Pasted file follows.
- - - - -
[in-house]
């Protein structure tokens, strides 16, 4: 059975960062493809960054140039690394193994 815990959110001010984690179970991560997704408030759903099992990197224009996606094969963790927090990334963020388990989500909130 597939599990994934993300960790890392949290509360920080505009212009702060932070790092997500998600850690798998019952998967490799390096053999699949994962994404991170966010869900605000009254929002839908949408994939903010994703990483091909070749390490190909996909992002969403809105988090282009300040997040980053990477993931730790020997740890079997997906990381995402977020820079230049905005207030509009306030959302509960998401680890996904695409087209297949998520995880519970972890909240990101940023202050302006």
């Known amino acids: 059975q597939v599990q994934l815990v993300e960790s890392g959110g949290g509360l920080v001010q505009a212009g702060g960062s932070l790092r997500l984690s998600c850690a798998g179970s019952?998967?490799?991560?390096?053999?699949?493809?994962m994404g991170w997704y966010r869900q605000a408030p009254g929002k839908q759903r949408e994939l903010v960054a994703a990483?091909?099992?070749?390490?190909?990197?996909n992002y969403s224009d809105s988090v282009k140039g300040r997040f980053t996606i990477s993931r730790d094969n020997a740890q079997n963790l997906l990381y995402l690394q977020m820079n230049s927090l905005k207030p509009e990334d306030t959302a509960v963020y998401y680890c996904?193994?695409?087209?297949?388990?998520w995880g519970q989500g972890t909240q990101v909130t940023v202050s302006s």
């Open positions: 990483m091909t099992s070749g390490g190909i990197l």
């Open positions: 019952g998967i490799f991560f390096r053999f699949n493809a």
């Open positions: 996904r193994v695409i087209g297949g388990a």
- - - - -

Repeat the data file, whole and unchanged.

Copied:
[in-house]
């Protein structure tokens, strides 16, 4: 059975960062493809960054140039690394193994 815990959110001010984690179970991560997704408030759903099992990197224009996606094969963790927090990334963020388990989500909130 597939599990994934993300960790890392949290509360920080505009212009702060932070790092997500998600850690798998019952998967490799390096053999699949994962994404991170966010869900605000009254929002839908949408994939903010994703990483091909070749390490190909996909992002969403809105988090282009300040997040980053990477993931730790020997740890079997997906990381995402977020820079230049905005207030509009306030959302509960998401680890996904695409087209297949998520995880519970972890909240990101940023202050302006």
């Known amino acids: 059975q597939v599990q994934l815990v993300e960790s890392g959110g949290g509360l920080v001010q505009a212009g702060g960062s932070l790092r997500l984690s998600c850690a798998g179970s019952?998967?490799?991560?390096?053999?699949?493809?994962m994404g991170w997704y966010r869900q605000a408030p009254g929002k839908q759903r949408e994939l903010v960054a994703a990483?091909?099992?070749?390490?190909?990197?996909n992002y969403s224009d809105s988090v282009k140039g300040r997040f980053t996606i990477s993931r730790d094969n020997a740890q079997n963790l997906l990381y995402l690394q977020m820079n230049s927090l905005k207030p509009e990334d306030t959302a509960v963020y998401y680890c996904?193994?695409?087209?297949?388990?998520w995880g519970q989500g972890t909240q990101v909130t940023v202050s302006s």
């Open positions: 990483m091909t099992s070749g390490g190909i990197l």
């Open positions: 019952g998967i490799f991560f390096r053999f699949n493809a």
């Open positions: 996904r193994v695409i087209g297949g388990a």